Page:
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Petrographic analysis of coals of the Ferris and Hanna Formations of Wyoming show these coals to have a high total vitrinite content (average 84.2%) and a modest liptinite content (average 5.9%). Compared to coals of similar rank (0.45-0.55% reflectance) from central Utah, these coals have about twice as much pseudovitrinite and about half as much total liptinite. Although sporinite is generally the most abundant type of liptinite maceral, resinite and sporinite occur in about equal amounts in these Wyoming coals, and resinite greatly exceeds sporinite in the central Utah coals.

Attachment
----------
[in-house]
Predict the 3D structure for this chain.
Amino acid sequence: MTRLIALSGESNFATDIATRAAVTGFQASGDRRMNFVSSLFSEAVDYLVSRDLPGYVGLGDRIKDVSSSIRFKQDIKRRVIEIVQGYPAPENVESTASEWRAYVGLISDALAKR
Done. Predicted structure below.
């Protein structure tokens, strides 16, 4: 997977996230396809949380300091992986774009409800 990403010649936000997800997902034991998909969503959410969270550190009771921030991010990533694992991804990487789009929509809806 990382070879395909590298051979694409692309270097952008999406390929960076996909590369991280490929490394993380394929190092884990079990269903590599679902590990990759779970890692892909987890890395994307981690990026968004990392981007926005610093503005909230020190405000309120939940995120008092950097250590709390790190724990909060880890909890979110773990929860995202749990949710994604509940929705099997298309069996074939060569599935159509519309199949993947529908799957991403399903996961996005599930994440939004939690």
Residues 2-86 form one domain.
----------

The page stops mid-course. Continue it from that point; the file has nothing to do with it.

Results of fluorescence spectral analysis of resinite macerals in the Wyoming coals show that there are five distinct resinite types present. Four types occur in primary globular forms exhibiting scratches and fractures indicating a brittle solid substance. In places, these four types also occur as secondary fracture fillings. Two of the four types fluoresce with a green color; one a dark green peaking at less than 440 nm and the other a yellow-green peaking at 500 nm. The third type fluoresces yellow and peaks at 580 nm, and the fourth type fluoresces orange-brown and peaks at 610 nm. These yellow and orange-brown resinites are similar to those found in central Utah coals except that the Wyoming resinites peak 30-40 nm higher. In the Utah coals, only one green resinite peaks at 460 n ; however, its spectrum has a shoulder at 470-490 nm. The fifth resinite type fluoresces a red-brown and peaks at 690 nm. It occurs only as a void-filling substance showing no brittle properties. It is indistinguishable from a similar resinite type in the central Utah coals.
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